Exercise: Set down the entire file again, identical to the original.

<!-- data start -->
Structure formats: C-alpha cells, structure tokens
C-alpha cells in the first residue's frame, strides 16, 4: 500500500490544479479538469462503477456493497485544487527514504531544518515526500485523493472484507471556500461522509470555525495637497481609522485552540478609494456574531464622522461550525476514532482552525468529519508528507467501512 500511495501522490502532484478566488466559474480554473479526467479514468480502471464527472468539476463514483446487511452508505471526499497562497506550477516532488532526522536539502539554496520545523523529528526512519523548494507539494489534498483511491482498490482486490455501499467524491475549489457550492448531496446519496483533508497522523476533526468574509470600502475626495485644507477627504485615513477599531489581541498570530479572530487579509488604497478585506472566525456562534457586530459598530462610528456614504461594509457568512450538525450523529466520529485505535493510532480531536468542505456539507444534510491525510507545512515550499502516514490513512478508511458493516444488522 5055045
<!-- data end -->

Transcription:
Structure formats: C-alpha cells, structure tokens
C-alpha cells in the first residue's frame, strides 16, 4: 500500500490544479479538469462503477456493497485544487527514504531544518515526500485523493472484507471556500461522509470555525495637497481609522485552540478609494456574531464622522461550525476514532482552525468529519508528507467501512 500511495501522490502532484478566488466559474480554473479526467479514468480502471464527472468539476463514483446487511452508505471526499497562497506550477516532488532526522536539502539554496520545523523529528526512519523548494507539494489534498483511491482498490482486490455501499467524491475549489457550492448531496446519496483533508497522523476533526468574509470600502475626495485644507477627504485615513477599531489581541498570530479572530487579509488604497478585506472566525456562534457586530459598530462610528456614504461594509457568512450538525450523529466520529485505535493510532480531536468542505456539507444534510491525510507545512515550499502516514490513512478508511458493516444488522 5055045